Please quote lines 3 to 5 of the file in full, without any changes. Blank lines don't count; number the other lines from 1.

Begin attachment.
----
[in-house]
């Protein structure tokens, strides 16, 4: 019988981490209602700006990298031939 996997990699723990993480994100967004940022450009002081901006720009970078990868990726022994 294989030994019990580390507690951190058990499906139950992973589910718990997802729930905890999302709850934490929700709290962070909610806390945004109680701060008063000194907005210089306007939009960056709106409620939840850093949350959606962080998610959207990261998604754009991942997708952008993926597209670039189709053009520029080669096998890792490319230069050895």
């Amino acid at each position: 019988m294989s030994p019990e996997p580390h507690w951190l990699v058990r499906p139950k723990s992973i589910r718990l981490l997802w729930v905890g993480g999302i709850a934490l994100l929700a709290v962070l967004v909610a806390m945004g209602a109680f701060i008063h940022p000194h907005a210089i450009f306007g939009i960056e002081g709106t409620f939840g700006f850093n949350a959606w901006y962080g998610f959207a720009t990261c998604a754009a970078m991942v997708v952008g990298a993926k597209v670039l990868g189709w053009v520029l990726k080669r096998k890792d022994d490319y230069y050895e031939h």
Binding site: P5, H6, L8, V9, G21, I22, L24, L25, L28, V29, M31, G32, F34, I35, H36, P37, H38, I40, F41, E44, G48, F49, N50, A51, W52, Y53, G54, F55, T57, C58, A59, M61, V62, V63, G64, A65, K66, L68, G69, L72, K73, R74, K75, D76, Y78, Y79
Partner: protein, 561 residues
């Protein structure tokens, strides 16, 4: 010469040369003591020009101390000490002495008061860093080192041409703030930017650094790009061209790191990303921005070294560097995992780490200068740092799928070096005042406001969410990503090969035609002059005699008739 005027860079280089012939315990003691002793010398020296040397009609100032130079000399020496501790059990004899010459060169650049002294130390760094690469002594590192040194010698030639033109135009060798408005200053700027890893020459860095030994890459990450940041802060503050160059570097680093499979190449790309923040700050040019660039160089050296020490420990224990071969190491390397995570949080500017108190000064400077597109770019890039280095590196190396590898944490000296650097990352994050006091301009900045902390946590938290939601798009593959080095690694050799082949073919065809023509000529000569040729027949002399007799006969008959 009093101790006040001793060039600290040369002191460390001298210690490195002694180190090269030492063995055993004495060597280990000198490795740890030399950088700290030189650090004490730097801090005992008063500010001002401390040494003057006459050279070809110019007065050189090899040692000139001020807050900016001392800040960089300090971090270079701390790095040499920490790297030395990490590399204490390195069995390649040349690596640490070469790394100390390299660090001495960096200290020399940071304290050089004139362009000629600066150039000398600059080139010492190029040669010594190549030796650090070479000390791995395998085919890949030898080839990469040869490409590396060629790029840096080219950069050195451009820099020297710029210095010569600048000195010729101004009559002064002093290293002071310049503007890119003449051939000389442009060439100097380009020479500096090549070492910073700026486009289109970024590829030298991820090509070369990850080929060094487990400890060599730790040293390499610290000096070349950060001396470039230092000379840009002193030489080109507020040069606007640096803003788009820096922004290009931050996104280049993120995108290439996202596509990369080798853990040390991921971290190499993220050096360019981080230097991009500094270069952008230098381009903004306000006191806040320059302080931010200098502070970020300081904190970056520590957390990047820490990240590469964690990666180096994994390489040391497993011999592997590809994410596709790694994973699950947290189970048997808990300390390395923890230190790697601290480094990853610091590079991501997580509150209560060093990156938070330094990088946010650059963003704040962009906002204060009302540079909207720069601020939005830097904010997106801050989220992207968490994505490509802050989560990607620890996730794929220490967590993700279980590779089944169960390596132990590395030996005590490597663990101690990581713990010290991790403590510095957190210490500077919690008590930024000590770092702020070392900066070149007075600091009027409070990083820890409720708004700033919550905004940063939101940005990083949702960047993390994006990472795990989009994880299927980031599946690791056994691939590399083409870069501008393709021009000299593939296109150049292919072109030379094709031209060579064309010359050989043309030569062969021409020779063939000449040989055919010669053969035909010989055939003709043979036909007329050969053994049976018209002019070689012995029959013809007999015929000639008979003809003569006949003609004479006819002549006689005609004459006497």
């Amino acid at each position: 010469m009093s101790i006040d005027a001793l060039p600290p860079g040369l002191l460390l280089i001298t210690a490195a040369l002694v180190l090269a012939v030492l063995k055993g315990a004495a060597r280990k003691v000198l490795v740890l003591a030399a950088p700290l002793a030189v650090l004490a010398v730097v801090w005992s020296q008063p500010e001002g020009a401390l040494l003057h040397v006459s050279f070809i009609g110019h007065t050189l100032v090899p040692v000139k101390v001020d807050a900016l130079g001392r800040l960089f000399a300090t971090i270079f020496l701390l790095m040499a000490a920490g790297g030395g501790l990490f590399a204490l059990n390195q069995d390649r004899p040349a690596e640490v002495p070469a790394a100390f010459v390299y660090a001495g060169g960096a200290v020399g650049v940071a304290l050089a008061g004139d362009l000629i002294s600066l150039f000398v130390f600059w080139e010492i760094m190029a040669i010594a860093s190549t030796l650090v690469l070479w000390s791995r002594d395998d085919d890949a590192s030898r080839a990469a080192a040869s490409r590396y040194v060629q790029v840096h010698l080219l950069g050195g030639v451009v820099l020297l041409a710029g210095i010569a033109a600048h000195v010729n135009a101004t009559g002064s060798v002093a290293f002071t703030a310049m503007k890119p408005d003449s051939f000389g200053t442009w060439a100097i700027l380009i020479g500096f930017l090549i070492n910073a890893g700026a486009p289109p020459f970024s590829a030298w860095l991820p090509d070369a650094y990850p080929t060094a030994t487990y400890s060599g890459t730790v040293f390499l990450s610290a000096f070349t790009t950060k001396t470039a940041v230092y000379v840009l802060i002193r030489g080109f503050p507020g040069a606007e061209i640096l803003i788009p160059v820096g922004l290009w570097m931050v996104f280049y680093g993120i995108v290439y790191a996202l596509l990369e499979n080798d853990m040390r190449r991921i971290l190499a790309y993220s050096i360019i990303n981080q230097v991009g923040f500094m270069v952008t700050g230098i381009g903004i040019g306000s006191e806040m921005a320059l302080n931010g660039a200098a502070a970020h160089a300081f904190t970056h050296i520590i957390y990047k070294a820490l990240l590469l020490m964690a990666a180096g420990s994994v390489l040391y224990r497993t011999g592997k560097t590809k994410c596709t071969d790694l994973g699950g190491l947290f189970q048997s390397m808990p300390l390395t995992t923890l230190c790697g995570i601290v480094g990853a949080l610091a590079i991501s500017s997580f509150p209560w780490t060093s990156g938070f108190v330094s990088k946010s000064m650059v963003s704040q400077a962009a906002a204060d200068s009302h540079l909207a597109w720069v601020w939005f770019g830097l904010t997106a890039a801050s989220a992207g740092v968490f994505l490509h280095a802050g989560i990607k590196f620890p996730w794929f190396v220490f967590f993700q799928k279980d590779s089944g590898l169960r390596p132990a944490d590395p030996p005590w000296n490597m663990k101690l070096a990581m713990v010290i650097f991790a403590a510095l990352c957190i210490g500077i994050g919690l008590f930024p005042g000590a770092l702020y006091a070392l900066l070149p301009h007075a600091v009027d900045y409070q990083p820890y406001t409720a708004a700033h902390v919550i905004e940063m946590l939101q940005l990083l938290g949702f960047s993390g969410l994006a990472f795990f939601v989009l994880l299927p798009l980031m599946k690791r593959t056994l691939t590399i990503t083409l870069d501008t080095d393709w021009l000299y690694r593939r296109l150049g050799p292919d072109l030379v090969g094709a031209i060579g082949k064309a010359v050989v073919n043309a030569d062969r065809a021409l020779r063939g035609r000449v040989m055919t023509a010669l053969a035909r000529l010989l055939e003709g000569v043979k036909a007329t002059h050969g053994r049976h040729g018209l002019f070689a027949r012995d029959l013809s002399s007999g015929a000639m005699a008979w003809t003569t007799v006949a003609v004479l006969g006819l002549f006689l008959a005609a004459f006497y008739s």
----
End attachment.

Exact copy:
């Amino acid at each position: 019988m294989s030994p019990e996997p580390h507690w951190l990699v058990r499906p139950k723990s992973i589910r718990l981490l997802w729930v905890g993480g999302i709850a934490l994100l929700a709290v962070l967004v909610a806390m945004g209602a109680f701060i008063h940022p000194h907005a210089i450009f306007g939009i960056e002081g709106t409620f939840g700006f850093n949350a959606w901006y962080g998610f959207a720009t990261c998604a754009a970078m991942v997708v952008g990298a993926k597209v670039l990868g189709w053009v520029l990726k080669r096998k890792d022994d490319y230069y050895e031939h």
Binding site: P5, H6, L8, V9, G21, I22, L24, L25, L28, V29, M31, G32, F34, I35, H36, P37, H38, I40, F41, E44, G48, F49, N50, A51, W52, Y53, G54, F55, T57, C58, A59, M61, V62, V63, G64, A65, K66, L68, G69, L72, K73, R74, K75, D76, Y78, Y79
Partner: protein, 561 residues